The simple act of buying food at a restaurant or a grocery store has never been more challenging, thanks to an overload of online data, news reports and opinions widely available to every consumer. The saturation of information and misinformation has made it difficult to tell fact from fiction, or science from nonsense.
As a result, tracking consumer purchasing information is no longer a matter of seeing which protein happens to be the most popular or the best value at the moment. When discussing consumer trends, it’s impossible to leave out all the mitigating factors that affect consumer preferences. Confusion about GMOs, arguments about antibiotics, concerns about animal welfare and other issues have made more shoppers look for products that ease their conscience as well as fill their bellies. When buying a pack of chicken breasts, consumers more than ever need to know just how and where that chicken was raised, what it ate, what medicines it took and how it died.
If one thing is certain, it is that the future of the meat industry is still in good hands as the Millennial generation comes into its own. While they might not include protein in every meal, Millennial shoppers are heavy consumers of beef, pork, poultry and other meats. Although their needs and preferences may set them apart from past generations, they will still look to the meat industry to fill their plates with healthy food for themselves and their families.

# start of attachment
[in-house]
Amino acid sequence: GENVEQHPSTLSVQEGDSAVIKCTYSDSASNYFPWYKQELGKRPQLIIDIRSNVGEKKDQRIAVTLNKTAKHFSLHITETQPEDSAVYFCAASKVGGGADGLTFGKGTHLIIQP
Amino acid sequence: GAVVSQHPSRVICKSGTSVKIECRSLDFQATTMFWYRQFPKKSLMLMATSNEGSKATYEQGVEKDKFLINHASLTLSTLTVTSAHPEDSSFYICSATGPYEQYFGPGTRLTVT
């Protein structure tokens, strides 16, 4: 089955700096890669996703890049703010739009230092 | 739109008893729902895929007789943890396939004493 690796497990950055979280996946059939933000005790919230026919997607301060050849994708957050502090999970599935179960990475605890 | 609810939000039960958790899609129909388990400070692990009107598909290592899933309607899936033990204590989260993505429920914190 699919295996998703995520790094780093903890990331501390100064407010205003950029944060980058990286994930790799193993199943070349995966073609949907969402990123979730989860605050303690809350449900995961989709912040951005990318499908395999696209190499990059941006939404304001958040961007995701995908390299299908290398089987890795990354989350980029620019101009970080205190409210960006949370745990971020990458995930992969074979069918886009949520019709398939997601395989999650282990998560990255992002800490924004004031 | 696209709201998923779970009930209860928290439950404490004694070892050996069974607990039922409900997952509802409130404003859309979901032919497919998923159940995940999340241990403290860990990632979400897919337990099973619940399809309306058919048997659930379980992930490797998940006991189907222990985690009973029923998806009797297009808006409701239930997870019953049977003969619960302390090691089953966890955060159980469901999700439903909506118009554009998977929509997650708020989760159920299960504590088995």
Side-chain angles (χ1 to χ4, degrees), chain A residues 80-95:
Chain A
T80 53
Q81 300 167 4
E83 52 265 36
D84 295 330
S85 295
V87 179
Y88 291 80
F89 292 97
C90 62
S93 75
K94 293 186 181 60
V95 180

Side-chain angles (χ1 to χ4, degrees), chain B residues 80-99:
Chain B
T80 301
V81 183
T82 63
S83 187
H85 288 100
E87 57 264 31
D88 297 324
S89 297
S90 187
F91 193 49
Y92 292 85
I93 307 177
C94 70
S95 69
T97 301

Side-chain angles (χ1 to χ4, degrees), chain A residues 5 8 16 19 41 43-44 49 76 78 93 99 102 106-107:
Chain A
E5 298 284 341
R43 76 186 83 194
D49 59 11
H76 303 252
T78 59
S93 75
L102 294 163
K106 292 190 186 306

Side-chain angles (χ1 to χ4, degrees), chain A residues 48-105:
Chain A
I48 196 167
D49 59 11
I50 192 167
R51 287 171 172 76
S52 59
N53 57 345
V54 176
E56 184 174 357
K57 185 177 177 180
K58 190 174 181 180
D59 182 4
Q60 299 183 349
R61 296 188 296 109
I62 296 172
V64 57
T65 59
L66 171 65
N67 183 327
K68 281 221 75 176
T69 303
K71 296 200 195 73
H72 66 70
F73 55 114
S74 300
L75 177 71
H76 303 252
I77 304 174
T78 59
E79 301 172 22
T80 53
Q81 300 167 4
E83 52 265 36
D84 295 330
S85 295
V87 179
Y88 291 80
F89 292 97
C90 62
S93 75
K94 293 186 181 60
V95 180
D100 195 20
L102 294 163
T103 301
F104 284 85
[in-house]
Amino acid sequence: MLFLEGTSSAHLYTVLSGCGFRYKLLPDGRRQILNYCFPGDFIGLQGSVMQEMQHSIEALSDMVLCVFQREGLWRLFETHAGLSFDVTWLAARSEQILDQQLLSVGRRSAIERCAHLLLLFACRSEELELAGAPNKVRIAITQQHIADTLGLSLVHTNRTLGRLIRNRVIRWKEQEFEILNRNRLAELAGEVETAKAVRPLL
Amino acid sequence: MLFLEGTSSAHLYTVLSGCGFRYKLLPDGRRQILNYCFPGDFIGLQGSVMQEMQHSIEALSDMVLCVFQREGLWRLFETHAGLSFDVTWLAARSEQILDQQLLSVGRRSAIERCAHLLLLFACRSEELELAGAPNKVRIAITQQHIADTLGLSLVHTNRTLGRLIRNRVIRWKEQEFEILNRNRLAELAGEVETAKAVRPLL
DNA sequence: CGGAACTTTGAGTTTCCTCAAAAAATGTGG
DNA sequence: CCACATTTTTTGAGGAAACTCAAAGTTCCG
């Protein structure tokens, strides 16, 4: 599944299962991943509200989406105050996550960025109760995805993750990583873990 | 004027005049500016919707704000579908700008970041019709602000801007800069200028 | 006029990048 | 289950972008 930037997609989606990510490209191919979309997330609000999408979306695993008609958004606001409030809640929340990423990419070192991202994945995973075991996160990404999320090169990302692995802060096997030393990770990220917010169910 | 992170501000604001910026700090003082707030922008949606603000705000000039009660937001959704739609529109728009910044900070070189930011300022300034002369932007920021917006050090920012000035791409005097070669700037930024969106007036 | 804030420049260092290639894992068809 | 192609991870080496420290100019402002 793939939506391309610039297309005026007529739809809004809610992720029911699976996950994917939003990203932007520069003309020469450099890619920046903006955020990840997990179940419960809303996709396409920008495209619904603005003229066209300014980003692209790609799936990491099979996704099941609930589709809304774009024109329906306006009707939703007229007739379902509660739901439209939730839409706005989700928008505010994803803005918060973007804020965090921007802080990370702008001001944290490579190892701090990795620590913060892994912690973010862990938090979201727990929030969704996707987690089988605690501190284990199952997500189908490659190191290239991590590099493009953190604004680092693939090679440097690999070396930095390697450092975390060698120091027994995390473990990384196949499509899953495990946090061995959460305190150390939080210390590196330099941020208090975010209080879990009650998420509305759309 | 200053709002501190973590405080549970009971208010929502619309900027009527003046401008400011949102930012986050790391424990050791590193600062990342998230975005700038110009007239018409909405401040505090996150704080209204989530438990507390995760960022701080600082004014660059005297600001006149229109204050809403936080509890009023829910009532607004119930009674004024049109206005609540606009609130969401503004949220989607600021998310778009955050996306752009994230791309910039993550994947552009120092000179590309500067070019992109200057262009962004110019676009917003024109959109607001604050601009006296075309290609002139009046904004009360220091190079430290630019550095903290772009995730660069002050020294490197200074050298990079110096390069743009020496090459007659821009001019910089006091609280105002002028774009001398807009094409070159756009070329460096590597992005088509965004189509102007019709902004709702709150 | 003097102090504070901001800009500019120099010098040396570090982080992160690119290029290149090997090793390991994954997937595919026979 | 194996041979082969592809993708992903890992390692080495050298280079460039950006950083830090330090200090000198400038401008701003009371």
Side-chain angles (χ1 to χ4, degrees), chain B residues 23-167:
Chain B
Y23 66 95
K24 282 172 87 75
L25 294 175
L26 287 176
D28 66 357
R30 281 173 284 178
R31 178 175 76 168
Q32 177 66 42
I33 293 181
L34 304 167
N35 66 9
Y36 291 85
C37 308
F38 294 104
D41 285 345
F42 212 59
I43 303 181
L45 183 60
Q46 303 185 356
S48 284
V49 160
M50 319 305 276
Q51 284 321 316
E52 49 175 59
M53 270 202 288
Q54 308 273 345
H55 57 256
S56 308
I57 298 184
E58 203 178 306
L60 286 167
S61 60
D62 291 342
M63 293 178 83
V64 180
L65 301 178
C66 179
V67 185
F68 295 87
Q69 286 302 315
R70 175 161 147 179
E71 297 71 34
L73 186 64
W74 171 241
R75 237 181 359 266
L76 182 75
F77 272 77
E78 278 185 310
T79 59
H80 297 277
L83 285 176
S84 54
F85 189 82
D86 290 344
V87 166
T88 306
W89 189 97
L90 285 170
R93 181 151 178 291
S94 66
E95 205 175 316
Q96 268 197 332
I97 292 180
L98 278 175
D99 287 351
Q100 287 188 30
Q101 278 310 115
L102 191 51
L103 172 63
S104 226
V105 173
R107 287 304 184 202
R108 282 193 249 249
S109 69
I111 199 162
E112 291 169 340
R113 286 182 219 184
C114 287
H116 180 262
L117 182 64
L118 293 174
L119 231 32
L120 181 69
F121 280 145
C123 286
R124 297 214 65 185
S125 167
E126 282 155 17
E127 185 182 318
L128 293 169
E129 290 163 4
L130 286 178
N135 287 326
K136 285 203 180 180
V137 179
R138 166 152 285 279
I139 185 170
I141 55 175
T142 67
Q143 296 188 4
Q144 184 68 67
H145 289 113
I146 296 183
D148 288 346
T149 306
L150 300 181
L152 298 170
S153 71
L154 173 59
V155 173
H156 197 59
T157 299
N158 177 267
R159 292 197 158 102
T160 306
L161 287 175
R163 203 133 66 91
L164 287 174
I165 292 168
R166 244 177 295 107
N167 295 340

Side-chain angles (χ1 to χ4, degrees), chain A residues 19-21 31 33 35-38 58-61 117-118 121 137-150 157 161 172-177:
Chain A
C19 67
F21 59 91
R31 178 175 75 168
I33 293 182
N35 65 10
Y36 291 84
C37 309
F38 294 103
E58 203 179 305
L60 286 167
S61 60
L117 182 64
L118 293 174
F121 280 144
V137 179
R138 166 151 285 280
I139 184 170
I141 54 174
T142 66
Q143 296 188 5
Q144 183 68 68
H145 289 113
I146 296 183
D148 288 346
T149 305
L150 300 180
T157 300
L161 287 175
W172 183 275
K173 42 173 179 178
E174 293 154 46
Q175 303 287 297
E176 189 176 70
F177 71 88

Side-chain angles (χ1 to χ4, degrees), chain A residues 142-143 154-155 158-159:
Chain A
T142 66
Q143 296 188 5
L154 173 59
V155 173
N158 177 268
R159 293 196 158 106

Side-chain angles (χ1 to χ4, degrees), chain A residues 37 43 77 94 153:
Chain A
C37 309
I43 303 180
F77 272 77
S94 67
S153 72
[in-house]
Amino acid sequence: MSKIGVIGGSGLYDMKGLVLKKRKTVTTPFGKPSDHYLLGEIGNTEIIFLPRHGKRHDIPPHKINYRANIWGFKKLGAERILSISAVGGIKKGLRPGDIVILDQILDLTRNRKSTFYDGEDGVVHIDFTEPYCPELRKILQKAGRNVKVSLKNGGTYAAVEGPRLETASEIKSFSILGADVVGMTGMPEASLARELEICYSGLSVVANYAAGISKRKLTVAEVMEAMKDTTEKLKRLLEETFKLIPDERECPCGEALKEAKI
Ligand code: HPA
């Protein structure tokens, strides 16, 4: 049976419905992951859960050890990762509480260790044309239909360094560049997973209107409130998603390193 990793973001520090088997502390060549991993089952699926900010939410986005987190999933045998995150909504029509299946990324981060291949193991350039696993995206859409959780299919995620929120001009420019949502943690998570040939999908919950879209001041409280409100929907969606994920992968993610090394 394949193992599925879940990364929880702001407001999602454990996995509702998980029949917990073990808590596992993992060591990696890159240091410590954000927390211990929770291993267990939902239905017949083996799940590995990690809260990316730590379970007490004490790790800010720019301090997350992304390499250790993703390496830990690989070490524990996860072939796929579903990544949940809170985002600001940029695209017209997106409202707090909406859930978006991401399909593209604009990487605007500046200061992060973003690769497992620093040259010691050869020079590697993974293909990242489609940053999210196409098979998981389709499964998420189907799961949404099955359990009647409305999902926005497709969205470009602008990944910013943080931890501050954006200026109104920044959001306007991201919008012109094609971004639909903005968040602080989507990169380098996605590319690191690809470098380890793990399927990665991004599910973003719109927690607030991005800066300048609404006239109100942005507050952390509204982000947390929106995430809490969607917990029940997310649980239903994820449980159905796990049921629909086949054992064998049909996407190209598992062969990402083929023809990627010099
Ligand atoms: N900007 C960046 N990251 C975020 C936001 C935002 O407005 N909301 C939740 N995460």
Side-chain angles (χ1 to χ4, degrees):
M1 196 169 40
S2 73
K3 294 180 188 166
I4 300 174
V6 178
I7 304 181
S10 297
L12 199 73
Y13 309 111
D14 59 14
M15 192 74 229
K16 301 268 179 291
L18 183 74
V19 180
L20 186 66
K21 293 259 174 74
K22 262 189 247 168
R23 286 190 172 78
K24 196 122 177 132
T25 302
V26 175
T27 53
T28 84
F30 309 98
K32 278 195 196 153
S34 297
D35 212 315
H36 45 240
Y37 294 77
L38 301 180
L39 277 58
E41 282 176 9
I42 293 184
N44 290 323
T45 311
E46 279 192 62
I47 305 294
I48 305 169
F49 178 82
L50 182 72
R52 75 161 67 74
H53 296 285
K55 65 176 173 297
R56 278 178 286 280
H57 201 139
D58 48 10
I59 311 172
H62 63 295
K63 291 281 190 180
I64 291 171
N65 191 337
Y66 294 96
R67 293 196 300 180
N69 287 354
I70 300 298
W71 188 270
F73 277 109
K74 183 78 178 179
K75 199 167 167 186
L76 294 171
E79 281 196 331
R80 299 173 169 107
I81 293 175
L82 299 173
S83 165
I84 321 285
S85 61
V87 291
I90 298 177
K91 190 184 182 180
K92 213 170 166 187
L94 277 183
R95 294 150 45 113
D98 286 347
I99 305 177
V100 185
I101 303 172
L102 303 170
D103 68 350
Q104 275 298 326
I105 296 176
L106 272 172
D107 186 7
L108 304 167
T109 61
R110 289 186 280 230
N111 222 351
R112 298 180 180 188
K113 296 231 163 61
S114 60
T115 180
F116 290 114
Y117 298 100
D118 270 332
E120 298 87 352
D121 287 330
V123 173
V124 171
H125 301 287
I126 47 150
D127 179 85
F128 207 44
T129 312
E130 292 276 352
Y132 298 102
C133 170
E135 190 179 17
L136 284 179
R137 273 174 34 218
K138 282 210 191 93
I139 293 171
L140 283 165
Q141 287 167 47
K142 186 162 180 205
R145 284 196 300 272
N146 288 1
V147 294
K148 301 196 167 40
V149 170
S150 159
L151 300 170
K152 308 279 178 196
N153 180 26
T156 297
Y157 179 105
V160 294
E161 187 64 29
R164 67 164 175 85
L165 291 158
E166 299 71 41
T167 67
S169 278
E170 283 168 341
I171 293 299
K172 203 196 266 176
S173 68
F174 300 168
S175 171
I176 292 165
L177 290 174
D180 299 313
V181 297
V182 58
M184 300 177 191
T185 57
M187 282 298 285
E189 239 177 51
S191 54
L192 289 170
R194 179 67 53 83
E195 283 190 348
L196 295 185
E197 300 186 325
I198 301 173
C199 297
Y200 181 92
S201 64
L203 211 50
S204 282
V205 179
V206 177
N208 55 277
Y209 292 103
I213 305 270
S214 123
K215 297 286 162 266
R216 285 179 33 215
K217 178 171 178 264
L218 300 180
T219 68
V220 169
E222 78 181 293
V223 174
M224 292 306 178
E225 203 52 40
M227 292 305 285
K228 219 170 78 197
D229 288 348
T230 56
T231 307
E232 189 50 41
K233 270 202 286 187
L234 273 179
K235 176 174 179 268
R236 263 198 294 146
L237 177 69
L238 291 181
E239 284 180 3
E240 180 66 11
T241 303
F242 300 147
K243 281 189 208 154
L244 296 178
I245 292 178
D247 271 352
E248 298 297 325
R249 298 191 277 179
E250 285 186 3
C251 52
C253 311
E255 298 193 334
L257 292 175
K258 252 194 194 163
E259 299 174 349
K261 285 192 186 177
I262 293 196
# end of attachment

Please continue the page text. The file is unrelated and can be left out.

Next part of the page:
“Millennials spend more proportionally on fresh red meat than any other generation and were the only group in our study to indicate that they planned to spend more on red meat next year than they did this year,” says Brian Bell, vice president, Cargill Beef North American Sales and Marketing. Cargill recently initiated a proprietary red meat consumer study of more than 8,000 fresh meat consumers to better understand attitudes, needs and behaviors. “The key to keeping these consumers engaged is understanding their needs at the meat case.”
A look at the numbers
According to the most recent Mintel surveys of packaged red meats and poultry products, beef reached sales of about $35.2 billion in 2014 and is expected to remain relatively flat through 2019.
“Since beef supplies are predicted to remain tight for some time, consumers will continue to turn to less-expensive protein sources, such as poultry and vegetarian items,” the company reported.
Sales of pork products reached $10.8 billion in 2014 and are also forecasted to decrease or remain flat, reaching $10.9 billion in 2019. Sales of other red meats, including lamb, goat and game meats, are projected to increase from $1.3 billion in 2014 to $1.5 billion in 2019. Category growth is being spurred by Millennials, who are comfortable eating a variety of meats, due to this population’s multicultural makeup.